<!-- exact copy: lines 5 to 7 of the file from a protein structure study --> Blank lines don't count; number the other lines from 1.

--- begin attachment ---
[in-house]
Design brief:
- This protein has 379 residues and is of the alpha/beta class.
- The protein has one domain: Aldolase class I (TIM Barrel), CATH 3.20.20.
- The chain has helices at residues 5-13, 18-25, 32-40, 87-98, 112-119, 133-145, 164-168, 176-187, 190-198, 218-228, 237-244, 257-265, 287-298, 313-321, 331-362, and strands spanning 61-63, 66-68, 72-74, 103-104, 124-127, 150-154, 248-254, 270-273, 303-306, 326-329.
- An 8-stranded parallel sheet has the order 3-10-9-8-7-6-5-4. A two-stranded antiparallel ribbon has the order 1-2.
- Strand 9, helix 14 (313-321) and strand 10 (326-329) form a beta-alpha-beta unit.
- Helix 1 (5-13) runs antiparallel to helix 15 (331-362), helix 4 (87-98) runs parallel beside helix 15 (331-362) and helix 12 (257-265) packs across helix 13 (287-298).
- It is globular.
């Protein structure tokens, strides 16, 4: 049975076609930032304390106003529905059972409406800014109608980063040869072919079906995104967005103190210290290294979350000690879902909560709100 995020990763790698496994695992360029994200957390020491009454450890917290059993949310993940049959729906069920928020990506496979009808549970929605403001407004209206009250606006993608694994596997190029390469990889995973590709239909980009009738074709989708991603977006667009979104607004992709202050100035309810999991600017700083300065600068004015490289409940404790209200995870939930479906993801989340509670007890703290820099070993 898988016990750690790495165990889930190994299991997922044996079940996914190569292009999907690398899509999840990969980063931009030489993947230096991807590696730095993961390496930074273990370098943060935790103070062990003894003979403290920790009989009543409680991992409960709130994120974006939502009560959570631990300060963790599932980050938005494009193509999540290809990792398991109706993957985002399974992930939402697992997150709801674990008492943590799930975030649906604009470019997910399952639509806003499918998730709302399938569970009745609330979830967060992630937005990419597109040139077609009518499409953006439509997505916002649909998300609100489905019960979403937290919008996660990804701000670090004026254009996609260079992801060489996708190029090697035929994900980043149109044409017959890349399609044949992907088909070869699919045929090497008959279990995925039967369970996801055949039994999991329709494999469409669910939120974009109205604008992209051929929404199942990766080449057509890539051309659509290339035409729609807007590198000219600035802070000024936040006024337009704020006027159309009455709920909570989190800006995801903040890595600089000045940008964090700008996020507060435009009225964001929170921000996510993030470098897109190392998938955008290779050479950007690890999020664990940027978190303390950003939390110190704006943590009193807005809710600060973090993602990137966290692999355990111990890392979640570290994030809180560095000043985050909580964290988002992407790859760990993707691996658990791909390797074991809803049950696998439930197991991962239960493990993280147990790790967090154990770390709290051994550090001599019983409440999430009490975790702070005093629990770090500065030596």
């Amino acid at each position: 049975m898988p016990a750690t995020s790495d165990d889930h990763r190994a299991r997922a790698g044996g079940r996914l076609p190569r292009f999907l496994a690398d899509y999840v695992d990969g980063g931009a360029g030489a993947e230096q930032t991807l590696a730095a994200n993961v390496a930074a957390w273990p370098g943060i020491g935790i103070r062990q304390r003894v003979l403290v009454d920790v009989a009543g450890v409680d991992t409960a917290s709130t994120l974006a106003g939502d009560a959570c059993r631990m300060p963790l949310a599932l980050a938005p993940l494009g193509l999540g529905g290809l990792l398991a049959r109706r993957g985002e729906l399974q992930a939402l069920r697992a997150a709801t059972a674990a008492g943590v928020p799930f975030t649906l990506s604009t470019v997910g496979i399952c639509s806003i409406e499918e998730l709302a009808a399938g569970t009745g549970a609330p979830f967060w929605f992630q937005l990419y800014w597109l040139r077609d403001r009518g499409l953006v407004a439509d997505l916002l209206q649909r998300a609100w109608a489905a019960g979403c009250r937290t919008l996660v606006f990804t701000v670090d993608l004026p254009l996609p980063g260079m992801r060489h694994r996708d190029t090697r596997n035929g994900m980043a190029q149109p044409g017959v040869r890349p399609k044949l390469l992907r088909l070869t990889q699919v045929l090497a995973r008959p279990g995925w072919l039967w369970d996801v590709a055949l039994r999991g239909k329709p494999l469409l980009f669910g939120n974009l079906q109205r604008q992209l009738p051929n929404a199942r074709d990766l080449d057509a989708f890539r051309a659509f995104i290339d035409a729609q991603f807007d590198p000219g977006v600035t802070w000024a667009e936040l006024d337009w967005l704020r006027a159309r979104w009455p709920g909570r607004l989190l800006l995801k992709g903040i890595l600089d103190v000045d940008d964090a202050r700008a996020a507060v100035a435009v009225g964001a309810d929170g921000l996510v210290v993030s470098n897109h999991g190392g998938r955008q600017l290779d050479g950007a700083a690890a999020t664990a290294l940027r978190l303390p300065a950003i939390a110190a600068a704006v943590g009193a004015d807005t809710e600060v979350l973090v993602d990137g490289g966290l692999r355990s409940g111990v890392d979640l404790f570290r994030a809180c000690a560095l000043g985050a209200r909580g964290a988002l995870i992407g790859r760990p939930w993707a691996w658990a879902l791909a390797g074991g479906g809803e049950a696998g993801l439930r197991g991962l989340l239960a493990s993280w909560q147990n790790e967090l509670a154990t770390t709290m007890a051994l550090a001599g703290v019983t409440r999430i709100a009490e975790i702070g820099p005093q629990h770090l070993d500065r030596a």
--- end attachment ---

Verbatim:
- The chain has helices at residues 5-13, 18-25, 32-40, 87-98, 112-119, 133-145, 164-168, 176-187, 190-198, 218-228, 237-244, 257-265, 287-298, 313-321, 331-362, and strands spanning 61-63, 66-68, 72-74, 103-104, 124-127, 150-154, 248-254, 270-273, 303-306, 326-329.
- An 8-stranded parallel sheet has the order 3-10-9-8-7-6-5-4. A two-stranded antiparallel ribbon has the order 1-2.
- Strand 9, helix 14 (313-321) and strand 10 (326-329) form a beta-alpha-beta unit.